• coffee -- 3% risk reduction, p = 0.09
  • decaffeinated coffee -- 2% risk reduction p = 0.55 
  • caffeine - 1% risk reduction,  p = 0.73
In fact, the p-value, i.e. the probability that a result is mere coincidence, passes the magic p < 0.05 (meaning there is a <5% chance of the observed association being mere coincidence) hurdle only in postmenopausal coffee concessionaires, whose risk of developing breast cancer is 6% lower than that of their non-coffee guzzling peers.

What's particularly intriguing, though, is the fact that Jiang, Wu & Jiang found a linear dose-response relationship for breast cancer risk with coffee and caffeine, with
"the risk of breast cancer decreas[ing] by 2% (P=0.05) for every 2 cups/day increment in coffee intake, and 1% (P= 0.52) for every 200 mg/day increment in caffeine intake, respectively." (Jiang. 2013)
If we do the math this yield a 10% reduction in breast cancer risk for the 5 cups which gave the Canadian women a 30% edge over their non-coffee drinking peers.

In view of the fact that the number of people consuming this amount of coffee on a daily base (3% in the Women's Diet & Health Study) is in epidemiological terms comparatively low, the "small" deviation of 20% is nothing that would negate the existence of a surprisingly profound protective effect of coffee on the development of breast cancer.

Bottom line: I don't want to be a spoilsport, but as a versed SuppVersity reader you should by now be aware that anything beyond 400-500mg of caffeine (for a woman, for a man maybe 500-600mg) can produce a couple of nasty heart and central nervous system related side effects in view of which the regular / chronic consumption of more than 5 cups of coffee is nothing I would suggest as a means of cancer protection. And since the currently available data does not confirm similar beneficial effects for decaffeinated coffee (see figure 1 red button for likely explanations), you should consider different means of breast cancer protection. Which means that would be? Well, ...
    Even one cup of hot chocolate per week could help reduce your risk of developing breast cancer by 15% (learn more about the health effects of cacao & chocolate)
  • cut your intake of caffeinated soft-drinks to zero and thus reduce your breast cancer risk (compared to drinking 2 cans per day) by 24% or a statistically hardly significant, but still worth mentioning -7% vs. consuming only one can per week (Lowcock. 2013)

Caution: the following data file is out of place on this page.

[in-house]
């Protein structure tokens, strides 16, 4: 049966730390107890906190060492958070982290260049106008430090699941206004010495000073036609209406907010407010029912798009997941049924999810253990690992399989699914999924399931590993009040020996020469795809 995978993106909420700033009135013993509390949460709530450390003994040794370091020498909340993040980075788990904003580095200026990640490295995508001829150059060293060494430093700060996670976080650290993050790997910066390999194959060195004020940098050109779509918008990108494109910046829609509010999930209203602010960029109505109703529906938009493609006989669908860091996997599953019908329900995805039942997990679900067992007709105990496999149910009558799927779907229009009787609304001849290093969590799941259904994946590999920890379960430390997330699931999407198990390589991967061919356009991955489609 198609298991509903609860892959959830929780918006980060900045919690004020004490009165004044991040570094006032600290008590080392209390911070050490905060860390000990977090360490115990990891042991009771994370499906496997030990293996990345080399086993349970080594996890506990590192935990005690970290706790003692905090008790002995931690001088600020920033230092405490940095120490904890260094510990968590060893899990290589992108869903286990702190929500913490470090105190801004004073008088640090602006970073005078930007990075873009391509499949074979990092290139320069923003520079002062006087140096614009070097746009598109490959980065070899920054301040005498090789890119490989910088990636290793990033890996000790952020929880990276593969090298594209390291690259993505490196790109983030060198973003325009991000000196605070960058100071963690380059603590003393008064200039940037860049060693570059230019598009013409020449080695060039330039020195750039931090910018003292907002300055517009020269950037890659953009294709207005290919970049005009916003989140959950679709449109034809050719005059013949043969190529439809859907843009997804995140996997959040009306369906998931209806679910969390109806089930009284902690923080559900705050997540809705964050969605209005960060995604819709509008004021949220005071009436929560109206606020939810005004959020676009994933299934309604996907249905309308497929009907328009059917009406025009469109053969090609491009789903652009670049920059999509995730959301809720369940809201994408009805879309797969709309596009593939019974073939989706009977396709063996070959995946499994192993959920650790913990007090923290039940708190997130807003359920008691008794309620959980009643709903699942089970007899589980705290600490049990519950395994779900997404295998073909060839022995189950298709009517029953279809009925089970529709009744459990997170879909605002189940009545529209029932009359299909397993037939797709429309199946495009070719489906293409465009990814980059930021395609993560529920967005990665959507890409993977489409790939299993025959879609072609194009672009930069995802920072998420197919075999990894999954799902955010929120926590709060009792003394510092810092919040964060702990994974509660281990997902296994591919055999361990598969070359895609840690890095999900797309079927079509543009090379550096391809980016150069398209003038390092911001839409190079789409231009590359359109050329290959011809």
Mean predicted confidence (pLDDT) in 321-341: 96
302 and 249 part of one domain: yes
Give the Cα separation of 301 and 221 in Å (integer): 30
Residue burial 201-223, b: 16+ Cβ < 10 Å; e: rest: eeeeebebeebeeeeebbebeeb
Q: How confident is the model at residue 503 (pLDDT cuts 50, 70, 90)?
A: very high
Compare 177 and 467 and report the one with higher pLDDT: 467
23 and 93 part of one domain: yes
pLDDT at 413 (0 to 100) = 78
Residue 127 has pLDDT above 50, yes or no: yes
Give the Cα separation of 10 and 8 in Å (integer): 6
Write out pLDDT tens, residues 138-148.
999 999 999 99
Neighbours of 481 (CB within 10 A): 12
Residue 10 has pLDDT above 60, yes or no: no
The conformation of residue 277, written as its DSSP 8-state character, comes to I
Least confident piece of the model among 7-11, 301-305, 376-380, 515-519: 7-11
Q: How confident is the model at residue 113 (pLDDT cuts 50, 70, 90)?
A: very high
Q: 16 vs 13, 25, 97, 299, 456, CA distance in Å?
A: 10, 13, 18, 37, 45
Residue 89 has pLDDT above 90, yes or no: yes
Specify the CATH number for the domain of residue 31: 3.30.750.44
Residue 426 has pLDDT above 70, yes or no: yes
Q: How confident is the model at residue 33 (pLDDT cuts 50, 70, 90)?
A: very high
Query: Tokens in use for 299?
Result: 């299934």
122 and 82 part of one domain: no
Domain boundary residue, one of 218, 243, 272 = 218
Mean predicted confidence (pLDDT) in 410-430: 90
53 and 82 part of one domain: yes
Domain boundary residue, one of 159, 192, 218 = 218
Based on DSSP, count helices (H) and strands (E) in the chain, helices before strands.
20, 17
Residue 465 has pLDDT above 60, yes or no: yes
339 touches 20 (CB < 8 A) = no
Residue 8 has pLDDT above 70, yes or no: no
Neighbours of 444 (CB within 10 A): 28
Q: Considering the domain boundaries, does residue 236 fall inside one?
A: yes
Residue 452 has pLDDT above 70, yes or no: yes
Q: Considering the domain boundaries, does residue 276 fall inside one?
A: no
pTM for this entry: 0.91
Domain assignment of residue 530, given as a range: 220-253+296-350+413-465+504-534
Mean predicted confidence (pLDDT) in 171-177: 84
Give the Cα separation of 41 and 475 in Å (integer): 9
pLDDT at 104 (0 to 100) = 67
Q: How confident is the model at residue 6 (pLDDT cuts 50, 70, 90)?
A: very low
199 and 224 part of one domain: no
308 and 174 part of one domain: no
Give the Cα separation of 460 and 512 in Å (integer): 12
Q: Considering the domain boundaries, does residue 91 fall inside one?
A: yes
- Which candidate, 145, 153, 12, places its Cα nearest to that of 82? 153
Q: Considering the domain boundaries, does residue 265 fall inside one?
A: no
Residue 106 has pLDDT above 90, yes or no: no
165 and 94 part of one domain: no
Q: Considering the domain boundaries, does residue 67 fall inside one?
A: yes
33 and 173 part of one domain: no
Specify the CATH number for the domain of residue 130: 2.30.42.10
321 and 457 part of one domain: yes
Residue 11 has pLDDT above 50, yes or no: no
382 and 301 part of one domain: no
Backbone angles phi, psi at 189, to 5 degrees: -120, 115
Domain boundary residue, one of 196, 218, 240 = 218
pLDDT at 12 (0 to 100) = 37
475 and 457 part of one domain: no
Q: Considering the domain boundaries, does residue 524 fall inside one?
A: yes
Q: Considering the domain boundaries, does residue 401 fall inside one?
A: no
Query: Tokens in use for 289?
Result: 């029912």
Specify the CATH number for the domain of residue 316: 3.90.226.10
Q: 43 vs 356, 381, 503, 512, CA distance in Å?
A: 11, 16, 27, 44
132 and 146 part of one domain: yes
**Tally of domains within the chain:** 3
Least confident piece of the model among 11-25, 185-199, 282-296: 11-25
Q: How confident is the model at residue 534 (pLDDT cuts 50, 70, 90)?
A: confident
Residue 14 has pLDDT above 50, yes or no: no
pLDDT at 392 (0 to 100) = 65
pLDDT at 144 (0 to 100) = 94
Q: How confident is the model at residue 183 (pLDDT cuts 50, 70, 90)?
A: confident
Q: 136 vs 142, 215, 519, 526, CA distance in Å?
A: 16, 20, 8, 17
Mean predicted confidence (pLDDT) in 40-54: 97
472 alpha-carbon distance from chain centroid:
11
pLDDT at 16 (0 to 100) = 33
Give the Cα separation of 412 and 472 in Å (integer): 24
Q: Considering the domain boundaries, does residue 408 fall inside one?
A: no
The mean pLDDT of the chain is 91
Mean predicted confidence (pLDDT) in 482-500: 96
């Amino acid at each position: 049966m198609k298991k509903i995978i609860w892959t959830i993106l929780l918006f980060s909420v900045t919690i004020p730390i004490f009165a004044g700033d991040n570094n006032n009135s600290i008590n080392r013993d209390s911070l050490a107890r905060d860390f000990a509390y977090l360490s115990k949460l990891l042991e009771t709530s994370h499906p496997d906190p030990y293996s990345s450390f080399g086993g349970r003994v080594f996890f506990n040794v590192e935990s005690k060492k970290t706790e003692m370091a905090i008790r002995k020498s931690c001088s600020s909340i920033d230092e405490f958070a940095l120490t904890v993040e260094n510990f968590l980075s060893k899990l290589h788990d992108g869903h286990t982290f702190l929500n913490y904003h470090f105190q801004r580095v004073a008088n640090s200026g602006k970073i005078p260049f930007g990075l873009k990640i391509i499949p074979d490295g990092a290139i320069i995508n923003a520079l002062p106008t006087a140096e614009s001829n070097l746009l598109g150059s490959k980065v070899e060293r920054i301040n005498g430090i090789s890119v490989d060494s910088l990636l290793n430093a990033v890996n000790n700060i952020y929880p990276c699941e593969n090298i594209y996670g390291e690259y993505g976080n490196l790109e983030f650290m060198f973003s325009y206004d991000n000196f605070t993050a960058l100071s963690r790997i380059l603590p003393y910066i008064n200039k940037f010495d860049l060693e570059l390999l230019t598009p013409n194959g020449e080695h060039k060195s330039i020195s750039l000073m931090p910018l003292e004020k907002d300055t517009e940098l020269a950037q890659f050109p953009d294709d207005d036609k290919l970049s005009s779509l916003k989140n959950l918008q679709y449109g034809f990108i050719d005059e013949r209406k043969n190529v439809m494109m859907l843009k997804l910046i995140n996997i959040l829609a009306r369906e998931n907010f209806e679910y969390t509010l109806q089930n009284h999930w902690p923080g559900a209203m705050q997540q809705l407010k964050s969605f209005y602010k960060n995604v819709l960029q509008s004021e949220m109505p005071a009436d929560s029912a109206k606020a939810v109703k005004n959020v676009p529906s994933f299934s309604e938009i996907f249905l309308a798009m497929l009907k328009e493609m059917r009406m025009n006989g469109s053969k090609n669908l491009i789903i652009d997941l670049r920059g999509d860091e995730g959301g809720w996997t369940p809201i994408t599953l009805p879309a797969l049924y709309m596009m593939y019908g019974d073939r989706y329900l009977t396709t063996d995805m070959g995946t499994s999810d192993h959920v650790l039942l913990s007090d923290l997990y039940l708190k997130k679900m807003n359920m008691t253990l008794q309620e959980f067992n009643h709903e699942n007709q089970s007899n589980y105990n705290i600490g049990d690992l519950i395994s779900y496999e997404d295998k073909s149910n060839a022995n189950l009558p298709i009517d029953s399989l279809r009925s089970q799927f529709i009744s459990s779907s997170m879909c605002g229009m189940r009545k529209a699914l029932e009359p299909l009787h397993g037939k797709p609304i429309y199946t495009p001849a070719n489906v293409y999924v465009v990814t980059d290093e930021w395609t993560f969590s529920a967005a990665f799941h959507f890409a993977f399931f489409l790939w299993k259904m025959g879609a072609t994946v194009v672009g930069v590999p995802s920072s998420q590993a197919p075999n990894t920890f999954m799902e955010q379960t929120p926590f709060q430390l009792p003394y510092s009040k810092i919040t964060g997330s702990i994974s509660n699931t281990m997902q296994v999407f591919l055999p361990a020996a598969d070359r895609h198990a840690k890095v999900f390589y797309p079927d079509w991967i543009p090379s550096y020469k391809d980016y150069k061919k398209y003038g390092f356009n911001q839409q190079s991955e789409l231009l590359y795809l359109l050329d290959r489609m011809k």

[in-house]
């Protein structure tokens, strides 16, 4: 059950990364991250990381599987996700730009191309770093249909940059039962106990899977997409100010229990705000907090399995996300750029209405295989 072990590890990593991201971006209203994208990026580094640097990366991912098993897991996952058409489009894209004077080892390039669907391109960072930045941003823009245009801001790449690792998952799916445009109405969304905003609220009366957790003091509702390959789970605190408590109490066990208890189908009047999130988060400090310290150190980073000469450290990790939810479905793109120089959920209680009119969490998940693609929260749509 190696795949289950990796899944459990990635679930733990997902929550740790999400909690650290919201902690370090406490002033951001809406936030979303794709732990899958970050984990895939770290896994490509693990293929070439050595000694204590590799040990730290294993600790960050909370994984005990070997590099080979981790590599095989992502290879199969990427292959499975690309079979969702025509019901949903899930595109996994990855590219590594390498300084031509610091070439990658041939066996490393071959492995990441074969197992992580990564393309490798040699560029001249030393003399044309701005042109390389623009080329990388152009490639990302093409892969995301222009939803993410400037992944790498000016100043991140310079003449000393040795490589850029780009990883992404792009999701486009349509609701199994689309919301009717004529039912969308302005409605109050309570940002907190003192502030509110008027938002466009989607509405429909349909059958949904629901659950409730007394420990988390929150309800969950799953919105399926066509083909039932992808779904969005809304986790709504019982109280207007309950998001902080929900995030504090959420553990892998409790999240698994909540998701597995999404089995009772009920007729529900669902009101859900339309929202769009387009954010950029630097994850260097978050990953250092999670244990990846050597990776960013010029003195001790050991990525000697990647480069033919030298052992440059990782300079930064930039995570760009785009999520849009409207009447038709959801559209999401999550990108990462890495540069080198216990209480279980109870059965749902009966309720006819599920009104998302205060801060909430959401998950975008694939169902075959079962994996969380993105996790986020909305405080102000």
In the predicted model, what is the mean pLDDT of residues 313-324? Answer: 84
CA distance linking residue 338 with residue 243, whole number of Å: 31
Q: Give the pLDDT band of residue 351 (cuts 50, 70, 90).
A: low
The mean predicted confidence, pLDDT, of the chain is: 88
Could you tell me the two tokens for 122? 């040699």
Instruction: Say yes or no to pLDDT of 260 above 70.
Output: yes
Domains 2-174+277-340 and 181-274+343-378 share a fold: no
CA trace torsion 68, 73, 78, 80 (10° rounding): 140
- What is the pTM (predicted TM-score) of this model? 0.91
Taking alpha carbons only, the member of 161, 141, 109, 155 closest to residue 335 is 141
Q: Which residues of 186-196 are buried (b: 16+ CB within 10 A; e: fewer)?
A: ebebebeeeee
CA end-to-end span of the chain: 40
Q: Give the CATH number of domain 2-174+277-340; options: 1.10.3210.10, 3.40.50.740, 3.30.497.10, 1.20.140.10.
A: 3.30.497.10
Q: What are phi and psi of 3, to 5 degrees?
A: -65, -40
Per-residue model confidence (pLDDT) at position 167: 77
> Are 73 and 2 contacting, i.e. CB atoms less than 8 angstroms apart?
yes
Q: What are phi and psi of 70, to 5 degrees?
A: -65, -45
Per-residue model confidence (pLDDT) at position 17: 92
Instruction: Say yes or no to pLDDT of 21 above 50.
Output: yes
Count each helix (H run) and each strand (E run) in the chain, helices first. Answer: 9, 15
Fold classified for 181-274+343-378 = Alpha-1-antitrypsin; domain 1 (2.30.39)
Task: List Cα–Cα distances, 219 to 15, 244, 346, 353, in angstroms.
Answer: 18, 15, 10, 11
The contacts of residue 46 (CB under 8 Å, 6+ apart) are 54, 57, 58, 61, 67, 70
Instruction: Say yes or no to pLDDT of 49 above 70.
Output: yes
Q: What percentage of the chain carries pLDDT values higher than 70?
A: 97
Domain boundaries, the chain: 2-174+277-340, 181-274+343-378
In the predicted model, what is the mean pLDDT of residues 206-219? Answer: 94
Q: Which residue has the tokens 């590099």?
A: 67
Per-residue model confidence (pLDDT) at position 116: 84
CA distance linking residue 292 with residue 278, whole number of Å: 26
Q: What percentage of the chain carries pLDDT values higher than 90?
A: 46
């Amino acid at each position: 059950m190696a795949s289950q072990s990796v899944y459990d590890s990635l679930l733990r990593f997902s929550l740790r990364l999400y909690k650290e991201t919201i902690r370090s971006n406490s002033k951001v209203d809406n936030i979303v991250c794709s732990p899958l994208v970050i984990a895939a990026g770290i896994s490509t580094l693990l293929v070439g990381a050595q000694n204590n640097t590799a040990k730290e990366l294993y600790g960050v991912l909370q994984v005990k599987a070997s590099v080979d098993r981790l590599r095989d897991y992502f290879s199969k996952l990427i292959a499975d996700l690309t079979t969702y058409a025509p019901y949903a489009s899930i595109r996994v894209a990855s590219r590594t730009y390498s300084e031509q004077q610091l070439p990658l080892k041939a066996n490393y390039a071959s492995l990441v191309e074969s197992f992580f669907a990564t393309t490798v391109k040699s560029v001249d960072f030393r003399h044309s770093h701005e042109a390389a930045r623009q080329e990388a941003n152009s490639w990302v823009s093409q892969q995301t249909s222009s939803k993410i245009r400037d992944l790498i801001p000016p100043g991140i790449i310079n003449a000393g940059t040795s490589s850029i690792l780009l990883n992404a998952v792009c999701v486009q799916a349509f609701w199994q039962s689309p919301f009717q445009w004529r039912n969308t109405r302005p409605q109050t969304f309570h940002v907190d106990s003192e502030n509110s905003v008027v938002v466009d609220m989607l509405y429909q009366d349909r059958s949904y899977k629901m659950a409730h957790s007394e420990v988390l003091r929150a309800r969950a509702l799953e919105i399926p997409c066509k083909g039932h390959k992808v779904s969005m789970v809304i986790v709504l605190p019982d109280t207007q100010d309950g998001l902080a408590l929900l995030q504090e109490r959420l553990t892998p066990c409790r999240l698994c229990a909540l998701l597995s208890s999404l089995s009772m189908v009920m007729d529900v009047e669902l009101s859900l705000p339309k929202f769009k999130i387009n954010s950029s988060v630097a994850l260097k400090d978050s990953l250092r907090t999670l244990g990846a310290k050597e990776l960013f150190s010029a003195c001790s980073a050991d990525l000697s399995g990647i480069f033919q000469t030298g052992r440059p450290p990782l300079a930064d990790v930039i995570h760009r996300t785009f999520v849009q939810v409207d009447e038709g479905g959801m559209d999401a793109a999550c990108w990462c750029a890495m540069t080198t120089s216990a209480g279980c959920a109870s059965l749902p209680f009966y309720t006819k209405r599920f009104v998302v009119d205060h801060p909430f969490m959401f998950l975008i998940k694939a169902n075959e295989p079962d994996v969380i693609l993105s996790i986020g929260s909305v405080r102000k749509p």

• drink some black tea for a change, and achieve a 13% reduction in breast cancer risk with 3-5 cups per day (Lowcock. 2013)
  • never pass on a delicious cup of cacao, even one cup of hot chocolate per week can decrease your breast cancer risk (due to the low number of cacao drinkers the -15% reduction is yet not significant, Lowcock. 2013)
  • lose weight and visceral fat to avoid the +107% increase in breast cancer risk non-hispanic white women with a BMI >30kg/m² have compared to their non-obese fellow females (Connor. 2013)
If you work out and stick to a whole foods diet, that's about as much as you can do for the health of your mammary glands. Well,... maybe aside from taking synthetic estrogen and progestin combos to battle the symptoms of menopause (read more about this in the SuppVersity Facebook news).

  • Connor AE, Baumgartner RN, Pinkston C, Baumgartner KB. Obesity and Risk of Breast Cancer Mortality in Hispanic and Non-Hispanic White Women: The New Mexico Women's Health Study. J Womens Health (Larchmt). 2013 Mar 26.
  • Jiang W, Wu Y, Jiang X. Coffee and caffeine intake and breast cancer risk: An updated dose-response meta-analysis of 37 published studies. Gynecol Oncol. 2013 Mar 24.
  • Lowcock EC, Cotterchio M, Anderson LN, Boucher BA, El-Sohemy A. High Coffee Intake, but Not Caffeine, is Associated with Reduced Estrogen Receptor Negative and Postmenopausal Breast Cancer Risk with No Effect Modification by CYP1A2 Genotype. Nutr Cancer. 2013 Apr;65(3):398-409.